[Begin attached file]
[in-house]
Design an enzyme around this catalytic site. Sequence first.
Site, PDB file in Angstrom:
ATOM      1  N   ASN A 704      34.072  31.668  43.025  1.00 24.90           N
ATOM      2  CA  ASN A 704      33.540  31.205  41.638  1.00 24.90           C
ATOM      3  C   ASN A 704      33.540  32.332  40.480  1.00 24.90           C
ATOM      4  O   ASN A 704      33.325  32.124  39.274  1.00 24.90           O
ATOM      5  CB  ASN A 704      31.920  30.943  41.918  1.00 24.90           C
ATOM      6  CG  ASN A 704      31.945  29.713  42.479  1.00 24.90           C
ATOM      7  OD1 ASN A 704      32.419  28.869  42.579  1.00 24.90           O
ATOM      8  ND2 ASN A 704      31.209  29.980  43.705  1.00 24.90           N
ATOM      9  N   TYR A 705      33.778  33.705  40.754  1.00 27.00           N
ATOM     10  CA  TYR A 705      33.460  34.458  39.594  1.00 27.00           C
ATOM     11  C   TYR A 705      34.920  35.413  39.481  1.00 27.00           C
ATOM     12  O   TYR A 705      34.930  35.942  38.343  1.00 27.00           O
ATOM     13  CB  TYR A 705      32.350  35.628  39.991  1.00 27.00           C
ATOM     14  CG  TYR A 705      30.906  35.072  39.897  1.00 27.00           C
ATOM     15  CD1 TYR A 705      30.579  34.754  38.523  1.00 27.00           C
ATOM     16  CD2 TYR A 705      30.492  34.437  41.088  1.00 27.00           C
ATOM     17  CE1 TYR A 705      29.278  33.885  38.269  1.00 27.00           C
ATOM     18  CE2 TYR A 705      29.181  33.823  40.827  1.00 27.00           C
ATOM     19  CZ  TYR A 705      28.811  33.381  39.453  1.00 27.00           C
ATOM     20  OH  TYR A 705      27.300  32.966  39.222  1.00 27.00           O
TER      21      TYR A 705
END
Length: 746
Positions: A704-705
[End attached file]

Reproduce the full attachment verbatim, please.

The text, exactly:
[in-house]
Design an enzyme around this catalytic site. Sequence first.
Site, PDB file in Angstrom:
ATOM      1  N   ASN A 704      34.072  31.668  43.025  1.00 24.90           N
ATOM      2  CA  ASN A 704      33.540  31.205  41.638  1.00 24.90           C
ATOM      3  C   ASN A 704      33.540  32.332  40.480  1.00 24.90           C
ATOM      4  O   ASN A 704      33.325  32.124  39.274  1.00 24.90           O
ATOM      5  CB  ASN A 704      31.920  30.943  41.918  1.00 24.90           C
ATOM      6  CG  ASN A 704      31.945  29.713  42.479  1.00 24.90           C
ATOM      7  OD1 ASN A 704      32.419  28.869  42.579  1.00 24.90           O
ATOM      8  ND2 ASN A 704      31.209  29.980  43.705  1.00 24.90           N
ATOM      9  N   TYR A 705      33.778  33.705  40.754  1.00 27.00           N
ATOM     10  CA  TYR A 705      33.460  34.458  39.594  1.00 27.00           C
ATOM     11  C   TYR A 705      34.920  35.413  39.481  1.00 27.00           C
ATOM     12  O   TYR A 705      34.930  35.942  38.343  1.00 27.00           O
ATOM     13  CB  TYR A 705      32.350  35.628  39.991  1.00 27.00           C
ATOM     14  CG  TYR A 705      30.906  35.072  39.897  1.00 27.00           C
ATOM     15  CD1 TYR A 705      30.579  34.754  38.523  1.00 27.00           C
ATOM     16  CD2 TYR A 705      30.492  34.437  41.088  1.00 27.00           C
ATOM     17  CE1 TYR A 705      29.278  33.885  38.269  1.00 27.00           C
ATOM     18  CE2 TYR A 705      29.181  33.823  40.827  1.00 27.00           C
ATOM     19  CZ  TYR A 705      28.811  33.381  39.453  1.00 27.00           C
ATOM     20  OH  TYR A 705      27.300  32.966  39.222  1.00 27.00           O
TER      21      TYR A 705
END
Length: 746
Positions: A704-705